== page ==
Researchers traced a link between WannaCry and the Lazarus Group back to a February 2017 WannaCry cryptor sample that very closely resembles a malware sample from the Lazarus Group two years before.
Vikram Thakur, principal researcher manager at Symantec, says researchers at his firm studied further the technical crumbs from that earlier, non-worm outbreak of WannaCry as well as the recent worm-spread attack; they found enough overlap between the tools and code used to tie together the attack groups. “There’s a decent amount of code overlap we see that can’t be duplicated by copycats. It would require someone with access to the original source code, along with the Lazarus tools,” Thakur says.
But the attackers didn’t run WannaCry like a full-blown nation-state campaign, according to Symantec “We don’t believe WannaCry was the work of a nation-state,” Thakur says. WannaCry didn’t target the usual nation-state victims, nor did it operate as smoothly and effectively as a nation-state attack.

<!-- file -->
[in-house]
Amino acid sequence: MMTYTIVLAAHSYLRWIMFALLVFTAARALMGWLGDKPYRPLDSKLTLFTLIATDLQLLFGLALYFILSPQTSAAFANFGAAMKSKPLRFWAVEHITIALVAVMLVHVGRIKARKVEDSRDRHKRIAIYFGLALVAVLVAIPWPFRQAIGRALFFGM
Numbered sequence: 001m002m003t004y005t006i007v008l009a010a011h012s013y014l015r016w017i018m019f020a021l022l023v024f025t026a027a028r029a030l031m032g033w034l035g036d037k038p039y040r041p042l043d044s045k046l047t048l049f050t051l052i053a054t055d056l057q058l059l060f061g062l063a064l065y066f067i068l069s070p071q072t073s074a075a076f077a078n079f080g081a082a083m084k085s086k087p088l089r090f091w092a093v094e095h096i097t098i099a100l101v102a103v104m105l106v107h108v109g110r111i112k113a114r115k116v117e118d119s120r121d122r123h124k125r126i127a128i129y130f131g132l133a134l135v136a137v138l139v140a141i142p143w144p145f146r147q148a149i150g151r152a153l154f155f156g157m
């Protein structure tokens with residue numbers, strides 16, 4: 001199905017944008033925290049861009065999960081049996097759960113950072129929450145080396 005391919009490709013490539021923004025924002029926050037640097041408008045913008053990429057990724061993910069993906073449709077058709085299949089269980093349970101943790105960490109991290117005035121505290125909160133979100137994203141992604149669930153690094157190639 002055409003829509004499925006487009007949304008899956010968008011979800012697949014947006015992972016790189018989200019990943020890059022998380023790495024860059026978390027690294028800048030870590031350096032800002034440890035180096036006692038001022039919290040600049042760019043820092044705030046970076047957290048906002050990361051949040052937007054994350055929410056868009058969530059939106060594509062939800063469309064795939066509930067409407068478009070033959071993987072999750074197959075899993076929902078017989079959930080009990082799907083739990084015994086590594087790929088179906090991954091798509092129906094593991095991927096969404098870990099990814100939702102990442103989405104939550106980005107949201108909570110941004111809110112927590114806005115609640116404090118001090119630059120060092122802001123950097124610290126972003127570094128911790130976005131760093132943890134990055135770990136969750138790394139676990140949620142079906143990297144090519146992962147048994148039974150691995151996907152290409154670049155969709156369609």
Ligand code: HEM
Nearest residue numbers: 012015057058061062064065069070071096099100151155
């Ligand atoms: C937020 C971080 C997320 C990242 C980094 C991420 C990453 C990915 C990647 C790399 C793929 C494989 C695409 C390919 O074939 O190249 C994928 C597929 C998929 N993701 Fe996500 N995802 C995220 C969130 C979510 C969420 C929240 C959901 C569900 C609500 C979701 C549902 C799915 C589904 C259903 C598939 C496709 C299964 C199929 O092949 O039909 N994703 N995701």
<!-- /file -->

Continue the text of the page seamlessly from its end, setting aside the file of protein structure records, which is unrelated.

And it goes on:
“They had buggy code on May 12,” which was fixed 13 hours later, he says, and they weren’t targeting intellectual property nor did they have a sustainable or effective monetization channel.
So how could it both be the Lazarus Group yet not the North Korean government? The attackers could have been a rogue element of the Lazarus Group trying to make some money, for example, or a defector from the group that still had access to the source code, Thakur suggests. North Korea’s Lazarus hacking group has not targeted regular Internet users in the past: “They’ve gone after organizations, or intellectual property,” he says. “That’s the reason that the likelihood of it being a nation-state attack is very, very low.”
Symantec points to three pieces of malware discovered on WannaCry victim machines that are linked to Lazarus: Trojan.Volgmer and two variants of Backdoor.Destover, the disk-wiping tool used in the Sony Pictures attacks. The big “aha moment,” Thakur says, was connecting the dots between the malware used to plant WannaCry.
“We had a tool responsible for putting WannaCry on the machine, and that tool had similarities with Lazarus,” the so-called Alphanc Trojan used to spread WannaCry in the March and April attacks, he notes. It’s also a morphed version of a Lazarus tool calledBackdoor.Duuzer.
Another Trojan, Bravonc, uses the same IP addresses for its command-and-control as Duuzer and Destover, and has common code obfuscation methods as WannaCry and another Lazarus tool. Symantec also found shared code in WannaCry and a Lazarus backdoor called Contopee.